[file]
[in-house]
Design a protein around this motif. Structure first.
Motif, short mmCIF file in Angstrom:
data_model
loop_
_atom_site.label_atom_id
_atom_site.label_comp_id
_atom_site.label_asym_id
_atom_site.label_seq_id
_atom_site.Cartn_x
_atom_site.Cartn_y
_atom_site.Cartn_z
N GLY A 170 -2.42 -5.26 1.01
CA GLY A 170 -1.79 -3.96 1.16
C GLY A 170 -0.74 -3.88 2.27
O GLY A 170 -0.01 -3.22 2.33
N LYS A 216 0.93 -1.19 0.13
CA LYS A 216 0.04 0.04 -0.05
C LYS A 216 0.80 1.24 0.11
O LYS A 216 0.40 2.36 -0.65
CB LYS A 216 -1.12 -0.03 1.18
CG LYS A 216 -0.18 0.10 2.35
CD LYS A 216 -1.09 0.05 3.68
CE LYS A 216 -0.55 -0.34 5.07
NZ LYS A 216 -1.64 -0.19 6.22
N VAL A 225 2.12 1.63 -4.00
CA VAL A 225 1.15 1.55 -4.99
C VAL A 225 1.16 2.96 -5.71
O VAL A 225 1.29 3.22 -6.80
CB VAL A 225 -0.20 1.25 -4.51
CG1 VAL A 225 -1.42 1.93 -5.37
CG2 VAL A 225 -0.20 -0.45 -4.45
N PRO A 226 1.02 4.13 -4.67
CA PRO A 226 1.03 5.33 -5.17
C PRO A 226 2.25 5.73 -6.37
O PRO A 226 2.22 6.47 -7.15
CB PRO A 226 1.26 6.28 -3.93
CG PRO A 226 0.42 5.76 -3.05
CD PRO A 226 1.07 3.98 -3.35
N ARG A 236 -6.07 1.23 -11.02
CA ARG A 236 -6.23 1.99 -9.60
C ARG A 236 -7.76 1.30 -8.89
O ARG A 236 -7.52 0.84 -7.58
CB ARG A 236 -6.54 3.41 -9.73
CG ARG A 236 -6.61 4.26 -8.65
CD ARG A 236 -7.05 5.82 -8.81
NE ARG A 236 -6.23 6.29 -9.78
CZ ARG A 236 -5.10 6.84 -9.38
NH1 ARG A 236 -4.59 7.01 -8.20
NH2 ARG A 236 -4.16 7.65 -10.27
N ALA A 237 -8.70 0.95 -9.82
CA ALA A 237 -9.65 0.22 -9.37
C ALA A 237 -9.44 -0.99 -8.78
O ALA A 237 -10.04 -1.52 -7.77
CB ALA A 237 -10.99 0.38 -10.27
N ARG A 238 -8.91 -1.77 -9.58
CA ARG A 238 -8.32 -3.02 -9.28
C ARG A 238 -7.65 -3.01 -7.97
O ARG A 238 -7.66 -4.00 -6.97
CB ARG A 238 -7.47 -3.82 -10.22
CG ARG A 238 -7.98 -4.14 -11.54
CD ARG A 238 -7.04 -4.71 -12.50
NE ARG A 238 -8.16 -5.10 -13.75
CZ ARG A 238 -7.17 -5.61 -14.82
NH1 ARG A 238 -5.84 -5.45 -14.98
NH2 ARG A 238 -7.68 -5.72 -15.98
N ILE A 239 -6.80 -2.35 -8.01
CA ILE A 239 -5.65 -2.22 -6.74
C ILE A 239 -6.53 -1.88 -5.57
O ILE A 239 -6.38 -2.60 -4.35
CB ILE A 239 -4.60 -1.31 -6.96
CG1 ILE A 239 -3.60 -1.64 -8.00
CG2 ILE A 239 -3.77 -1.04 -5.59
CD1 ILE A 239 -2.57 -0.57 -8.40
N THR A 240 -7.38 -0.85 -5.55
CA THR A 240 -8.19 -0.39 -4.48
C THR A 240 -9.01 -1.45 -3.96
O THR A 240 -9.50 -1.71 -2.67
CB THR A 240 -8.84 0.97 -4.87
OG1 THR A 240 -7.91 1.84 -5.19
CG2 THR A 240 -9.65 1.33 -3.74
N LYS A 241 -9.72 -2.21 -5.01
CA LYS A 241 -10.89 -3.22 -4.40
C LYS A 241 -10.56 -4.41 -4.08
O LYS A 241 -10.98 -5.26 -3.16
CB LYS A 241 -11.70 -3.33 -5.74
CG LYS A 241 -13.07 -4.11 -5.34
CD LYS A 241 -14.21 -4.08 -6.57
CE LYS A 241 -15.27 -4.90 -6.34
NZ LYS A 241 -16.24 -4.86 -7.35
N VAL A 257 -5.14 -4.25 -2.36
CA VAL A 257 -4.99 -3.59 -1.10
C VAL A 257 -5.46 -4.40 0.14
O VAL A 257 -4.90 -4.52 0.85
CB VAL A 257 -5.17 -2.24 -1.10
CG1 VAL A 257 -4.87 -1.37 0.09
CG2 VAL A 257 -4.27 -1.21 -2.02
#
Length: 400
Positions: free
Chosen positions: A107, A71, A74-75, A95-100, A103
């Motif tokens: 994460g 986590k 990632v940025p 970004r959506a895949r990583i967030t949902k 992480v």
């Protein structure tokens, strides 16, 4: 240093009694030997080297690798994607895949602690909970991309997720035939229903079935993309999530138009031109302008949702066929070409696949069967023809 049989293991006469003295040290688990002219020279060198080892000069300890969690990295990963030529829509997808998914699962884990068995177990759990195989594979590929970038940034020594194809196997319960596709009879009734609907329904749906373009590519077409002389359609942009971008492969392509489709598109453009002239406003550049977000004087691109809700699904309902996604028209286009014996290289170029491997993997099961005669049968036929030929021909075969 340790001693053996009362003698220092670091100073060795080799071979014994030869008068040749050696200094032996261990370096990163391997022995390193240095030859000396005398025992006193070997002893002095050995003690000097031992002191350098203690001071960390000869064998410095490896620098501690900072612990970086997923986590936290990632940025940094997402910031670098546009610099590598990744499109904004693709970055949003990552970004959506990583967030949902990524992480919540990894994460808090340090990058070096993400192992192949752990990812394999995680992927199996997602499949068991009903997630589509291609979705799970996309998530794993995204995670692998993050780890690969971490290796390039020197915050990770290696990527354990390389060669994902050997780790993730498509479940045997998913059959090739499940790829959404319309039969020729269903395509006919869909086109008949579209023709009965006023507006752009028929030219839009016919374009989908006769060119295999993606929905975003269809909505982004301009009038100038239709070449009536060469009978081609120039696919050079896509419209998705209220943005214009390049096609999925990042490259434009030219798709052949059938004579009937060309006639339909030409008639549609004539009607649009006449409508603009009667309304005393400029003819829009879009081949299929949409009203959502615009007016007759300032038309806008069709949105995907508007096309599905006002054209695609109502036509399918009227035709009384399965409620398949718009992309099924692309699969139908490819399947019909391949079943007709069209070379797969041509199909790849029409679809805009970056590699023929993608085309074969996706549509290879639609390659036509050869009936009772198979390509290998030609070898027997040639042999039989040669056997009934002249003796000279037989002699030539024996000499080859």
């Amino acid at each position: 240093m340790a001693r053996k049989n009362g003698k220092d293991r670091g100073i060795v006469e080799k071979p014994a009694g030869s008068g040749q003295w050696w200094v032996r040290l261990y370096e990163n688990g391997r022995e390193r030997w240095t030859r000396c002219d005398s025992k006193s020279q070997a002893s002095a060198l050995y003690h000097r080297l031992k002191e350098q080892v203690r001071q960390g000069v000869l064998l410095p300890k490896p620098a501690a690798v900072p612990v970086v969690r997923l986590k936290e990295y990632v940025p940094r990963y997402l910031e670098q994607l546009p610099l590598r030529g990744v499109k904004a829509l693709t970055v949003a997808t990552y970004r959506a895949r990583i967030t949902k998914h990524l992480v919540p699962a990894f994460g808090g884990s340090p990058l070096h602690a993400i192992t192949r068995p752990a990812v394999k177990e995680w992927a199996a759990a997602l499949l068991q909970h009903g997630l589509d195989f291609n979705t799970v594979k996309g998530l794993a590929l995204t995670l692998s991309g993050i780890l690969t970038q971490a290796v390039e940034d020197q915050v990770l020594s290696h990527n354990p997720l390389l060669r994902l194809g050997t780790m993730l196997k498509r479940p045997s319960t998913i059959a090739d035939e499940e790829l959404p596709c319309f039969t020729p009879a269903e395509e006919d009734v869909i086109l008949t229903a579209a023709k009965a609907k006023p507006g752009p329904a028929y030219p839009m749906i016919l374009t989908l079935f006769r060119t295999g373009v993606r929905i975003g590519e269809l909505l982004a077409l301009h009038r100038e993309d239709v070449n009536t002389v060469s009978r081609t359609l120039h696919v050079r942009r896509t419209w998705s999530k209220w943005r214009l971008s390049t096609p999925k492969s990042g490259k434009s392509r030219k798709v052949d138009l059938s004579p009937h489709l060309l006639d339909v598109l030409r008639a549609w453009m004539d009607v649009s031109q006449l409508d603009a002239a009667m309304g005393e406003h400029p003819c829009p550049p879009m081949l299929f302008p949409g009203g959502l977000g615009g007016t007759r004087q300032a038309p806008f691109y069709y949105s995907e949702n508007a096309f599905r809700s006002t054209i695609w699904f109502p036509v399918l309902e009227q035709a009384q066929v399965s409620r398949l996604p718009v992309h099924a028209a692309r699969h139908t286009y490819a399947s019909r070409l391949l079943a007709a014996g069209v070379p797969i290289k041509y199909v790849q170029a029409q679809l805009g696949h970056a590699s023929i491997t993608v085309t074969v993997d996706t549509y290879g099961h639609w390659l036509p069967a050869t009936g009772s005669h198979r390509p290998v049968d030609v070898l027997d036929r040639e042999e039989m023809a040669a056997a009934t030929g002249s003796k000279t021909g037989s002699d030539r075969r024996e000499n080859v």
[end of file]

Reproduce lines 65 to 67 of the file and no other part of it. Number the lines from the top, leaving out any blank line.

NH1 ARG A 238 -5.84 -5.45 -14.98
NH2 ARG A 238 -7.68 -5.72 -15.98
N ILE A 239 -6.80 -2.35 -8.01